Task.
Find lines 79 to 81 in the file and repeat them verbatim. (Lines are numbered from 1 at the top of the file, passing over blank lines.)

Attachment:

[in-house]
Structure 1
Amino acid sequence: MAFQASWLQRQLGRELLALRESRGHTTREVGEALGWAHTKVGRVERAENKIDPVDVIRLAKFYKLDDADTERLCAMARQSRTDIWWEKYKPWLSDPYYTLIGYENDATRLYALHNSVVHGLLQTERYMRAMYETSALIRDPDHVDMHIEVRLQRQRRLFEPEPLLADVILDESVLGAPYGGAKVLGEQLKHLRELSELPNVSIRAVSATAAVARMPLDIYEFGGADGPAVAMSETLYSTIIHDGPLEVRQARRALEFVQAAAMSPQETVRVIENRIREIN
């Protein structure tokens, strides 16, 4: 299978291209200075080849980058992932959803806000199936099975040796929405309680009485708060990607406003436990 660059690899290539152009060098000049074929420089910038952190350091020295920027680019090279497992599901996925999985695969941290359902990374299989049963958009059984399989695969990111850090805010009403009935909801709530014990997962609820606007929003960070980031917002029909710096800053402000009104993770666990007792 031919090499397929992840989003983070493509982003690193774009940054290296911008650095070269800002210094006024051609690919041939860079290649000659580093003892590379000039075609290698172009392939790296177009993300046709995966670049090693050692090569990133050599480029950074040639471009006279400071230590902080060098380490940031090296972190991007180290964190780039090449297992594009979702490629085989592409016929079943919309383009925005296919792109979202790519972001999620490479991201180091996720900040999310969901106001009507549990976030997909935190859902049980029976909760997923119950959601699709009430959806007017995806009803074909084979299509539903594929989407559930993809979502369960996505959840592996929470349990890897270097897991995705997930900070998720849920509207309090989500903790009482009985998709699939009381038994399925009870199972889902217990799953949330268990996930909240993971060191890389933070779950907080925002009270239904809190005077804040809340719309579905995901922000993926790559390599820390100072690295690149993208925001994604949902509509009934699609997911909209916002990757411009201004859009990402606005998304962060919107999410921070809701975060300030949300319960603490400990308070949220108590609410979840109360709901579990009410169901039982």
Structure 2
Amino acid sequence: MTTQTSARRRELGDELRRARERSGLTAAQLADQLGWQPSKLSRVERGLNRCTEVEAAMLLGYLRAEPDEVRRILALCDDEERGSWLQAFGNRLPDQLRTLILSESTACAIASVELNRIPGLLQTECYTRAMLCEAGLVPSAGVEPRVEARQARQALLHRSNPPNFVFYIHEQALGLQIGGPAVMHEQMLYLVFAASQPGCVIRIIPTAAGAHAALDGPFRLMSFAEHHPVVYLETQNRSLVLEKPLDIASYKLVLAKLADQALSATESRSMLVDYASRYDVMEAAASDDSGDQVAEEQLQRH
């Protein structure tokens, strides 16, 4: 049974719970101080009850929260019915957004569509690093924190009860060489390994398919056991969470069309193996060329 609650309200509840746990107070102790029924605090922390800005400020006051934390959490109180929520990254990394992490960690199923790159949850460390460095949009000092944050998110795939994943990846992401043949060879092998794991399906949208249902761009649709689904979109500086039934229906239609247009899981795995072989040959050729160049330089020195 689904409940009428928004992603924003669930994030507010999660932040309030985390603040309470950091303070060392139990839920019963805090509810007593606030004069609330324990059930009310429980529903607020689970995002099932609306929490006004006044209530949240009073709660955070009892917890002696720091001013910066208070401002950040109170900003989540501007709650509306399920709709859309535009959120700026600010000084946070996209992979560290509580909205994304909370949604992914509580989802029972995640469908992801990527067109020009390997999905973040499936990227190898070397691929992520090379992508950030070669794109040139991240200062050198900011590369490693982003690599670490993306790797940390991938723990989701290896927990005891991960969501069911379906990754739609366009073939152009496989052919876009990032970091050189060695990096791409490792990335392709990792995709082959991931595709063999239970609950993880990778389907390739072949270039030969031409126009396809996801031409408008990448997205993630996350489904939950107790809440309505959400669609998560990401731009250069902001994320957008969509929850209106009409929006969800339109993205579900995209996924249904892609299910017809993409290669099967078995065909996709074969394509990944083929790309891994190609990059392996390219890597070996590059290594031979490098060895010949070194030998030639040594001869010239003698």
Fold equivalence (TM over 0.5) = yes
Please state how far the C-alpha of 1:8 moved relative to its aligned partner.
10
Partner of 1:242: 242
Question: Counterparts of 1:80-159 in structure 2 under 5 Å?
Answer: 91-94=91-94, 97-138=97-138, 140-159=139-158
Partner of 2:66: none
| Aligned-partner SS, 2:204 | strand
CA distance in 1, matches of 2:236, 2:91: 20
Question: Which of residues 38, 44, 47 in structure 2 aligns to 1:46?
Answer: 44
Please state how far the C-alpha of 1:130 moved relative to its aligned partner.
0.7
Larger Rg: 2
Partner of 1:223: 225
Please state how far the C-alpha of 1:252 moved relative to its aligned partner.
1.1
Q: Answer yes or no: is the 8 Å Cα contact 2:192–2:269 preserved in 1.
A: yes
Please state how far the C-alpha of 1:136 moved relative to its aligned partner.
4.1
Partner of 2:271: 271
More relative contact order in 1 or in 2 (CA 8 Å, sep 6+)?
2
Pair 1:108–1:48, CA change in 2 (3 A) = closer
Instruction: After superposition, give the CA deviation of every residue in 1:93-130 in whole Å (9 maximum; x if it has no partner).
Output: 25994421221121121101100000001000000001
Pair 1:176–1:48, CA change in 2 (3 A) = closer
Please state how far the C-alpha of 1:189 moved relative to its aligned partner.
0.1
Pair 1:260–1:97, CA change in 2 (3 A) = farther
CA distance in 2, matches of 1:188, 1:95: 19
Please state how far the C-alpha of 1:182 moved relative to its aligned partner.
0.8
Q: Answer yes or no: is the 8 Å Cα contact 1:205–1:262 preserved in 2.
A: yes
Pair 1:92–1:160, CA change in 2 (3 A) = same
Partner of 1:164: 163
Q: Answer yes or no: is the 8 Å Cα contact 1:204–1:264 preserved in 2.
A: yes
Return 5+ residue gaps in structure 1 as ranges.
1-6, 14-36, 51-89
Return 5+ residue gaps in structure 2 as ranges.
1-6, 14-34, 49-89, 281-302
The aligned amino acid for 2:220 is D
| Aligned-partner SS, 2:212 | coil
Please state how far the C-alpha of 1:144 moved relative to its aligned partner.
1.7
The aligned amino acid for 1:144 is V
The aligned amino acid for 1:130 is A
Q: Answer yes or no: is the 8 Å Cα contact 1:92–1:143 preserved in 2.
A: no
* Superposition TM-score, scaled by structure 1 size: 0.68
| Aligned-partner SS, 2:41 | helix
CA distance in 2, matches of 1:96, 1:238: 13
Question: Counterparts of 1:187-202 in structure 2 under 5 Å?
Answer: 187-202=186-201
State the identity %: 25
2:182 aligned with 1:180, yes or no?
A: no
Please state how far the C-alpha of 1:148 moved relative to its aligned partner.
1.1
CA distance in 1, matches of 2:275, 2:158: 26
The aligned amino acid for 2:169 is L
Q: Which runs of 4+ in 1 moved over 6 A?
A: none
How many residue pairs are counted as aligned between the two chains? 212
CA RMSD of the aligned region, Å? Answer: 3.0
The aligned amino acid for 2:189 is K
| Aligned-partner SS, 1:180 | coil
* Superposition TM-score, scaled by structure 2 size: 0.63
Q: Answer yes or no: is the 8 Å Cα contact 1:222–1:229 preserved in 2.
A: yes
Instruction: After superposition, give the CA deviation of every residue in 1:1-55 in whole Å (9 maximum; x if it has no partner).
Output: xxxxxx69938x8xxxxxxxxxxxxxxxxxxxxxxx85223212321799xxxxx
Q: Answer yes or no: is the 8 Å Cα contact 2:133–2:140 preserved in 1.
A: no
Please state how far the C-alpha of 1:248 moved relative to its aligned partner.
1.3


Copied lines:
Q: Answer yes or no: is the 8 Å Cα contact 1:222–1:229 preserved in 2.
A: yes
Instruction: After superposition, give the CA deviation of every residue in 1:1-55 in whole Å (9 maximum; x if it has no partner).